There's a phrase "La Belle France" used (at least in England) as a stereotypical way to refer to France.

It might be similar to (or well-known in the same as) the phrase "Merry England".

What is the origin of this phrase "La Belle France"? Is it well-known in France too (I see it's a brand name) or is it mostly an English expression?

Do you know who coined the phrase or when, is it a quote from somewhere? If it is a stereotype then what (e.g. which century? town or country life?) is it a stereotype of?

  • France is nice... :) – Random Jul 23 '15 at 14:09
  • It is, yes; but I'd like to know whether, when, and to whom it may be appropriate to say "La Belle France" and whether the phrase has some implicit meaning I don't know about. – ChrisW Jul 23 '15 at 14:11
  • "Belle France" is a trade noun, with no history ; "La Belle France" is a pamphlet and can be understood in many ways. – Personne Jul 23 '15 at 16:57

Searching on google, I found this :

« La Belle France » est un pamphlet de Georges Darien publié en 1900. C’est probablement l’un des pamphlets politiques les plus puissants et les plus violents que nous connaissions, tout là-haut avec Napoléon le petit de Victor Hugo, avec le Discours de la servitude volontaire de La Boétie. « La Belle France » n’est pas un pamphlet, c’est un exercice de tauromachie. « La Belle France », c’est la mise à mort de la Belle Epoque.

→ « La Belle France » is a lampoon of Georges Darien publicated in 1900. It is probably one of the most powerful and violent politic lampoons we know, with Napoléon le Petit from Victor Hugo and with Discours de la servitude volontaire from La Boétie. « La Belle France » is not a lampoon, it is a bullfighting exercise. « La Belle France » is the killing of la Belle Epoque.

This article, if you can read French, explain about what the text is and from where, I think, is coming the expression you describe.

We can see on ngram that this expression is existing already, but maybe not with this negative connotation. I believe G. Darien has used an already existing expression to criticize it and all what it represended.

  • If you think you can improve my translation, feel free to edit. – Yohann V. Jul 23 '15 at 14:39
  • Why pick that specific pamphlet? Are you saying that the phrase is, now, because of that pamphlet, understood to be sarcastic or pejorative? – ChrisW Jul 23 '15 at 16:03
  • Le premier lien est très riche en explications :) – Personne Jul 23 '15 at 16:52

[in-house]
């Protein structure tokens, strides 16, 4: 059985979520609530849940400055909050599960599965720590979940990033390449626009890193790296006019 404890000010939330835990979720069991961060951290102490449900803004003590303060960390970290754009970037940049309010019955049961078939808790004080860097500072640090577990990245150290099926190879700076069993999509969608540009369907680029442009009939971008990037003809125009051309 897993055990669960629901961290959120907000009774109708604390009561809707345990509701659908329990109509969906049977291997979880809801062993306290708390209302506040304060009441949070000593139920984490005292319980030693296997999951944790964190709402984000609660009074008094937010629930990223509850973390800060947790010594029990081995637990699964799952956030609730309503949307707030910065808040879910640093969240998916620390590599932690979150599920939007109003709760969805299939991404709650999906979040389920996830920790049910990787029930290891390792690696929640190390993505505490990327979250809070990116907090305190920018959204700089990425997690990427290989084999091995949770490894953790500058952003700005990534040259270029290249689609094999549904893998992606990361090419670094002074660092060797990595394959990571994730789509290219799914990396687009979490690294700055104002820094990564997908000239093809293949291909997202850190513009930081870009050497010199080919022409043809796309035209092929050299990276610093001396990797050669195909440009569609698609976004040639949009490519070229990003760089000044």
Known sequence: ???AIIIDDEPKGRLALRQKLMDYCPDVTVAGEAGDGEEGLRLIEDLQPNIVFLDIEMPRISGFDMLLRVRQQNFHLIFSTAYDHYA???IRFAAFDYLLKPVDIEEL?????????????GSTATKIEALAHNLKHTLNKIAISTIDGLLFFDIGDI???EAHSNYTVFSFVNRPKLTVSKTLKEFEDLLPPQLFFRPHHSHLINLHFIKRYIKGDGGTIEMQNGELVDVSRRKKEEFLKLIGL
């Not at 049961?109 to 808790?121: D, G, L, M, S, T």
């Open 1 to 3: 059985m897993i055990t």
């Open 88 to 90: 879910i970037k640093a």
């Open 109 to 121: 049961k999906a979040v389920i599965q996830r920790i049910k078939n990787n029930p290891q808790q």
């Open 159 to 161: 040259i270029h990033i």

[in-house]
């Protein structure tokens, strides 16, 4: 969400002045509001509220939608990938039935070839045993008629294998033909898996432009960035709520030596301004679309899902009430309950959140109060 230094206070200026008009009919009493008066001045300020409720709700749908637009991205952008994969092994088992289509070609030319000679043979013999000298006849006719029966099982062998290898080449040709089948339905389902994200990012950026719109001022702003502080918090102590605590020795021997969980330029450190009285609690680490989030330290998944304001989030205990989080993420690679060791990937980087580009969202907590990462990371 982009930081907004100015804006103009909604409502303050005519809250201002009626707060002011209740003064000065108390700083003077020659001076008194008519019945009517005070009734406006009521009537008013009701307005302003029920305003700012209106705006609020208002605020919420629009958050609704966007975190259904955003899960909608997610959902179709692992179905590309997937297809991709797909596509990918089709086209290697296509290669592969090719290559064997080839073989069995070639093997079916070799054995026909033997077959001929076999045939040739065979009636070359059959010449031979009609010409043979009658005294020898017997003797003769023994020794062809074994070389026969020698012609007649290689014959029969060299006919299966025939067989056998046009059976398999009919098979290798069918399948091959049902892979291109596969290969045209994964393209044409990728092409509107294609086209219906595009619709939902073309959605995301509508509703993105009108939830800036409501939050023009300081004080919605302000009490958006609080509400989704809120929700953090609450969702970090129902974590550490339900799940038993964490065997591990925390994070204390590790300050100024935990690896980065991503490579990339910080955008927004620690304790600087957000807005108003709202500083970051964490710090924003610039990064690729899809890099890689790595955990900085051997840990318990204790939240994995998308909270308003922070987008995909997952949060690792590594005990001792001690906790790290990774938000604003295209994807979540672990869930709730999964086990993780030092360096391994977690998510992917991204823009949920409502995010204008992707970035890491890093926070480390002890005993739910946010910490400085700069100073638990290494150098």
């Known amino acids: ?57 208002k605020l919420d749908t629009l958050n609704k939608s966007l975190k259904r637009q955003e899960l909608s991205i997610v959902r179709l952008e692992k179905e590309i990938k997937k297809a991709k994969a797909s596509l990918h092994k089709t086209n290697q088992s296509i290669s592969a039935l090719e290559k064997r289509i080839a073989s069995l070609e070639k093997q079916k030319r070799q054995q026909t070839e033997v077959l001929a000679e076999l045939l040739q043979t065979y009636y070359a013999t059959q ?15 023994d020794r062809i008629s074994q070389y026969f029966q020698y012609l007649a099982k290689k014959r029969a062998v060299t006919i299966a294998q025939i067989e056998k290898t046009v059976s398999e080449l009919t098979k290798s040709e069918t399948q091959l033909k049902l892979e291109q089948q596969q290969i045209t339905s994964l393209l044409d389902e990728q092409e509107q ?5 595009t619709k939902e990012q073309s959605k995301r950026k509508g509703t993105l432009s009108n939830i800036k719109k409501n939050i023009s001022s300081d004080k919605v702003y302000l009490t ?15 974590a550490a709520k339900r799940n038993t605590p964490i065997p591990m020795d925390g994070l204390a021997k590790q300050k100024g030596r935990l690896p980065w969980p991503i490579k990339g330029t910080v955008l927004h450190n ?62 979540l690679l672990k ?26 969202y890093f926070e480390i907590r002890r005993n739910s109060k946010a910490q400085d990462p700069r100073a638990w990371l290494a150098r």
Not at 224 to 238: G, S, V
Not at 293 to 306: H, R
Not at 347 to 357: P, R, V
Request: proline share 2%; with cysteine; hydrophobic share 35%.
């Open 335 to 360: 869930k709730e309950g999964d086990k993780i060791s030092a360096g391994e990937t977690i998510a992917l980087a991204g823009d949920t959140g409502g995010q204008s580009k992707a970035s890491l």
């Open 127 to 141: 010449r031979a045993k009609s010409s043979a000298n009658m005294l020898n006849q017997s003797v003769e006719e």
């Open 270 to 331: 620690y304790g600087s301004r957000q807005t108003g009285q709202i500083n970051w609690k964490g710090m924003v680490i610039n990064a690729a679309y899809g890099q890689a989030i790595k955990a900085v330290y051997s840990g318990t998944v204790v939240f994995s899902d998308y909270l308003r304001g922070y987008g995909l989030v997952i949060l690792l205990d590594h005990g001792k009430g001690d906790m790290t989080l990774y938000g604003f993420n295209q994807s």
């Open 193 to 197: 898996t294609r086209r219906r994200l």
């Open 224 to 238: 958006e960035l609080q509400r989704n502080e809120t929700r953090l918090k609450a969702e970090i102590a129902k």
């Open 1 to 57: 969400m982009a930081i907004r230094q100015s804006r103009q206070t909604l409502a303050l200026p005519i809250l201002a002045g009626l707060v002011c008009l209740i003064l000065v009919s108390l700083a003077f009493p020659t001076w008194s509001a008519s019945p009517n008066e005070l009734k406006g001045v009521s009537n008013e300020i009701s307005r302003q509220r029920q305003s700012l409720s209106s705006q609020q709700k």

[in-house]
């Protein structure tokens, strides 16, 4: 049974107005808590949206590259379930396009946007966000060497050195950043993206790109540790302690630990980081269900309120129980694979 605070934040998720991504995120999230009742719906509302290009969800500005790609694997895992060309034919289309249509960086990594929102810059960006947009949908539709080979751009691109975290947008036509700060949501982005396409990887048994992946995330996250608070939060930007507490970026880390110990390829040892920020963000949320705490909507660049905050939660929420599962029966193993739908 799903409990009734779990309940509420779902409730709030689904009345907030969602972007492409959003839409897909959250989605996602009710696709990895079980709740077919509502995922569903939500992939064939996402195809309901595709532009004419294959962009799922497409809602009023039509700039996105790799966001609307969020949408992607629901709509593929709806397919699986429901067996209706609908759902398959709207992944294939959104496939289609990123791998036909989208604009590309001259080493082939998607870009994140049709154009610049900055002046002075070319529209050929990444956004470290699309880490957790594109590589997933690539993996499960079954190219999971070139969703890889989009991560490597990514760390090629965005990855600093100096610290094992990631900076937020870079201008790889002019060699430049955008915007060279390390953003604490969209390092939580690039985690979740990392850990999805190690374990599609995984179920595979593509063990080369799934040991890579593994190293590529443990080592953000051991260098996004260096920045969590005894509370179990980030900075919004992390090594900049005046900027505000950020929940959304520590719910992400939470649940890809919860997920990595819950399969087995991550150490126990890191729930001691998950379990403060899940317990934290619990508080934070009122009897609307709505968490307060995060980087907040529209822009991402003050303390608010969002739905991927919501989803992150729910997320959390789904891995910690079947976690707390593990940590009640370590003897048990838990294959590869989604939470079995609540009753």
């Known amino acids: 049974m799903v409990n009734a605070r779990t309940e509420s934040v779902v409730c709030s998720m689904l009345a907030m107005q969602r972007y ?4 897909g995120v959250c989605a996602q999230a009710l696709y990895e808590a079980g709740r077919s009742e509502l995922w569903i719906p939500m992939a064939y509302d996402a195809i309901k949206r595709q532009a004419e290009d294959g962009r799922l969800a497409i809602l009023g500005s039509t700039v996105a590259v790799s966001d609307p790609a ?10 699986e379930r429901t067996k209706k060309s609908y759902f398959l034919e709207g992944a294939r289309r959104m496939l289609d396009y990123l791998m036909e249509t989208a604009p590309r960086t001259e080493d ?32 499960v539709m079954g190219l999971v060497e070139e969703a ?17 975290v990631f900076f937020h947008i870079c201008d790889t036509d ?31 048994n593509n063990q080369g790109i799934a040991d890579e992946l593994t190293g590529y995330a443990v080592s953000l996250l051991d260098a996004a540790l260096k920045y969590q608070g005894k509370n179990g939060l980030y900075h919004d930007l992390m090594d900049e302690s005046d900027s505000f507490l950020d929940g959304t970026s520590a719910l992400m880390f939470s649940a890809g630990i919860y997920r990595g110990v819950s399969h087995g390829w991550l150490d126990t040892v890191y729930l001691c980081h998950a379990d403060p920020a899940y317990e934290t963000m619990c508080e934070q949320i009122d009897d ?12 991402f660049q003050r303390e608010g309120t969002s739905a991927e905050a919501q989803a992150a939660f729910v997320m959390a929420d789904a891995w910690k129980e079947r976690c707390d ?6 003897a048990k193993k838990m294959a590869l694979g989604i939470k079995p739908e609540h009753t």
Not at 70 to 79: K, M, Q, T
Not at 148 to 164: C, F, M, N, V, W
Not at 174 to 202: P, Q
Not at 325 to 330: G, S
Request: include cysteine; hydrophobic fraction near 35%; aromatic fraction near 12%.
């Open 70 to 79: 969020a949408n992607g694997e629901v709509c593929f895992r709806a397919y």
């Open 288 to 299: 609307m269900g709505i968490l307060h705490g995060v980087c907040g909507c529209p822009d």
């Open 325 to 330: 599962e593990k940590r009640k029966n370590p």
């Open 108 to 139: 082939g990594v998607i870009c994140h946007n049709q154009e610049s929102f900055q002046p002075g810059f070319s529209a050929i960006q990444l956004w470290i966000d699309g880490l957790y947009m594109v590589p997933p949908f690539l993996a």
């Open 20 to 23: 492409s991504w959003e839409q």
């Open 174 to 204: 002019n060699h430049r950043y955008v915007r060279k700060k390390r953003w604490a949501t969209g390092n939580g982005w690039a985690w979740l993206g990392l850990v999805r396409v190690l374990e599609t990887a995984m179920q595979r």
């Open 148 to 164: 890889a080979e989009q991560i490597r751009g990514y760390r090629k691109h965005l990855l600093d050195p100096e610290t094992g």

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    @ChrisW : Darien wasn't the first to use the phrase. His use is ironical and personal and if people use it (if it used at all outside travel guides) it is used just for what it means. I gather it is more of a phrase in English as it is in French! – None Jul 23 '15 at 17:50
  • @ChrisW I pick this lampoon (=/= pamphlet in English but = pamphlet in French) because its name is « La Belle France ». G. Darien wasn't the first to use this calling, and won't be the last for sure, but his lampoon is a pretty good first publication underlining how this expression can have a sarcastic and corrosive meaning. Did you understand what was written in the link? It is very interesting for you imho. – Yohann V. Jul 24 '15 at 6:33

Is it well-known in France too (I see it's a brand name) or is it mostly an English expression?

The brand name is anecdotal with probably a close to zero average level of recognition.

La Belle France is mostly an English expression, notwithstanding that would be La belle France in French (unless it is a title), it is not commonly used here, especially with the stereotypical meaning you describe.

On the other hand, a pretty close well known French expression is :

Elle est belle, la France !

It is typically used in an ironical way by French people while complaining about some unpleasant fact about France.

It is well possible La Belle France was coined from Elle est belle, la France.


A more careful search with ngram finds the phrase being used by La Fontaine ... I'm not saying he invented the phrase, maybe it was a commonplace in speech even in his time.

  • You have to decide if you want the origin of the sarcastic idiom, or the origin of people calling their country beautiful – Yohann V. Jul 24 '15 at 7:56
  • I wanted the origin of the idiom; I had no premonition that the idiom was ever used sarcastically. – ChrisW Jul 24 '15 at 10:50
  • But, the usage you described is sarcastical. The litteral meaning is The Beautiful France. – Yohann V. Jul 24 '15 at 12:47
  • @Divulgâchâmes "Merry England" probably implies feasting and music, in the feudal ages. I was wondering whether "Belle France" suggests anything specific, like milk-maids and geese, or the cafe life, or the Age of Enlightenment, or etc.? – ChrisW Jul 24 '15 at 13:36
  • Imho, there is no way for someone who is not privy to this to know beforehand it refers to the stereotype. Yes and that's why I was asking: given that it is an idiomatic compound phrase, is there some stereotypical meaning associated with it? – ChrisW Jul 24 '15 at 14:04

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